“In the 21st century, digital equity spans nearly every dimension of life, from education and work, to social engagement and civic participation,” said Cambridge Chief Information Officer Patrick McCormick. “Like other inequities, the pandemic exacerbated how anyone lacking online tools and connectivity became disadvantaged in their daily lives. Fortunately, the pandemic also created richer data and tangible use cases to spark conversations and inform analysis. The Digital Equity Study provides clear and compelling insights and recommendations to build a more equitable and inclusive digital future for Cambridge residents and businesses.”

In response to some early study findings and challenges presented by the COVID-19 pandemic, the City of Cambridge has already taken specific actions to:

  • Launch a $50,000 pilot program to assist up to 415 families in obtaining $10 Internet Essentials subscriptions; 
  • Redirect study resources to allow CTC later this year to conduct a preliminary high-level engineering and cost estimation work for high-speed residential broadband service in three CHA developments: Newtowne Court, Washington Elms, and the Manning Apartments; 
  • Engage in preliminary discussions with Life Science Cares, a nonprofit organization that funds anti-poverty programs and expressed interest in being part of a public-private partnership to address digital inequities; 
  • Accelerate the Cambridge Public Schools laptop and hotspot provision efforts, providing all students with laptops and (where needed) hotspots. The Cambridge Public Library also began its first-ever technology lending programs; and 
  • Partner with the Cambridge Public Library, the MetroNorth Regional Employment Board, and Cambridge Community Foundation to provide essential technology, including Chromebooks, hotspots, and webcams, to adult learners participating in Cambridge Community Learning Center programs.

Background on Methodology

This study, prepared throughout late 2019 and 2020, did not presuppose what the problems were or what the solutions should be. It thoroughly explored access, affordability, digital skills, and device ownership. The study methodology included the following activities:

  • Analyzed consumer and FCC pricing and availability data to understand the local broadband market, the presence of competition, and any market changes since the City of Cambridge commissioned its earlier broadband study;  
  • Through a variety of means (surveys, resident interviews, and conversations with local broadband providers) gathered data on the usage of existing low-cost broadband subsidy programs, particularly the $10 Comcast Internet Essentials program;  
  • Conducted a statistically valid mail survey of a sample of the entire city population to understand broadband usage patterns, sentiments, and gaps;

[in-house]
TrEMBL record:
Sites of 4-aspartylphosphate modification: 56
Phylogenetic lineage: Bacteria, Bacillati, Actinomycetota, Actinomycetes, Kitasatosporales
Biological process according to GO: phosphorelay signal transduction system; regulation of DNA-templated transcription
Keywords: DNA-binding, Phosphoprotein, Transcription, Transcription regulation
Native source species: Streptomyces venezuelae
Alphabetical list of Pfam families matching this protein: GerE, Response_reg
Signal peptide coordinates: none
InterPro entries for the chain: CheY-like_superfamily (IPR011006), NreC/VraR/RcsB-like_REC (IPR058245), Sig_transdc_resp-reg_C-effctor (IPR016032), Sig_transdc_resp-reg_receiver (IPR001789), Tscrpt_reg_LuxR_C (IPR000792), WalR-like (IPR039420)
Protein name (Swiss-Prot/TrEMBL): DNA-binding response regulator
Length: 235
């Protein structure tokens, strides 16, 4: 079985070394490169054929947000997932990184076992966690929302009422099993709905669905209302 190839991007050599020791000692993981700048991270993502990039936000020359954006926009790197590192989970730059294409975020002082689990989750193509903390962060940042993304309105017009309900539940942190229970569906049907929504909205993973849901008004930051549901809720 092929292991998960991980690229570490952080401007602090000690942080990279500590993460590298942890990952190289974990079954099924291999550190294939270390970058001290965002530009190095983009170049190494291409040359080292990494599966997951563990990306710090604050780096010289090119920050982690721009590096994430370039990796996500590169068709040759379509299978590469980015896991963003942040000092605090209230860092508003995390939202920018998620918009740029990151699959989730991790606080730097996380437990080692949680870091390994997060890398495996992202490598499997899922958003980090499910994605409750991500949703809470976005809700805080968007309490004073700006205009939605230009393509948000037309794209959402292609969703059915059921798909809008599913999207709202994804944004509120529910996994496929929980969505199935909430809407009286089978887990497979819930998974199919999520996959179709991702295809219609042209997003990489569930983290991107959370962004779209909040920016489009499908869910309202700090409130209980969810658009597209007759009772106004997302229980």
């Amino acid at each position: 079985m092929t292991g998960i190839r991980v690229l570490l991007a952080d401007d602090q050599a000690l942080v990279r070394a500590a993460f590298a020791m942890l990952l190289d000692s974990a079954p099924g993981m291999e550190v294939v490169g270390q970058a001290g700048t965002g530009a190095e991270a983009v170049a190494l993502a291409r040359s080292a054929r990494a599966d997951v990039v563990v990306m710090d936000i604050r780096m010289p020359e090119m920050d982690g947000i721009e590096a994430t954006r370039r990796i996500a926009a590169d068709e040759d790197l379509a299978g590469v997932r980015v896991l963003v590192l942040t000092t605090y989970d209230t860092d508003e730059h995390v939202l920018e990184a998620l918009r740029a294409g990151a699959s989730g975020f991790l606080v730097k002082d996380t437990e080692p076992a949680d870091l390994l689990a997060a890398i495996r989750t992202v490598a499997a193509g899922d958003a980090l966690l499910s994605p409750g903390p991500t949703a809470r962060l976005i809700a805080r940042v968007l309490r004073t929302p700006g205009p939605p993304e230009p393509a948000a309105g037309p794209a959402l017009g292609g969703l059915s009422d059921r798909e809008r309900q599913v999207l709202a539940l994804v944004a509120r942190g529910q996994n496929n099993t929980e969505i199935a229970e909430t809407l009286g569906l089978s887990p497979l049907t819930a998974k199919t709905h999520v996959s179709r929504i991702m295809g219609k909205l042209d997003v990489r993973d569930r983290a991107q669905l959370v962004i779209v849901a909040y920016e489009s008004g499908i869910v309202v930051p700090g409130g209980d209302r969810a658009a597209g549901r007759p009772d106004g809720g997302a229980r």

• Conducted a statistically valid mail survey of a sample of residents of the Cambridge Housing Authority (CHA) and of subsidized housing for a closer look at lower-income residents and any challenges they face; 
  • Interviewed a range of stakeholders representing city departments, nonprofits, schools, library, and others (we also have appended the work of the Cambridge Nonprofit Coalition, which separately conducted a survey of local nonprofit staff); 
  • Interviewed a sampling of Cambridge Housing Authority (CHA) and subsidized housing residents who volunteered to be interviewed as part of our mail survey, to understand what they pay for services, and what challenges they face; 
  • Conducted in-home internet speed tests of Comcast customers to take hourly measurements over a period of weeks to evaluate service quality and assess potential sources of reported problems, albeit at an anecdotal level; 
  • Interviewed practitioners and experts who have studied or implemented digital equity plans and programs in other cities to glean lessons and suggest strategies that might assist the city and its stakeholders in implementing solutions; and 
  • Developed several strategic and programmatic recommendations based on all of the above research and data, informed as well by the examples of models in other cities.

Creating a digital equity and inclusion coalition to help guide and support implementation of study recommendations will be one of the early action items. While the Digital Equity in Cambridge study lays out strategies to address digital equity challenges within Cambridge, implementation will require engagement from a variety of internal and external stakeholders and the establishment of an implementation timeline. Detailed planning and implementation plans will be managed by staff from the Information Technology Department and the City Manager’s Office. 

Download a copy of the report, Digital Equity in Cambridge: Data and Strategic Recommendations. Print copies are available upon request. Please call the City Manager’s Office at 617-349-4300 to schedule a pick-up.




Page was posted on 4/20/2021 4:08 PM
Page was last modified on 7/24/2023 9:48 PM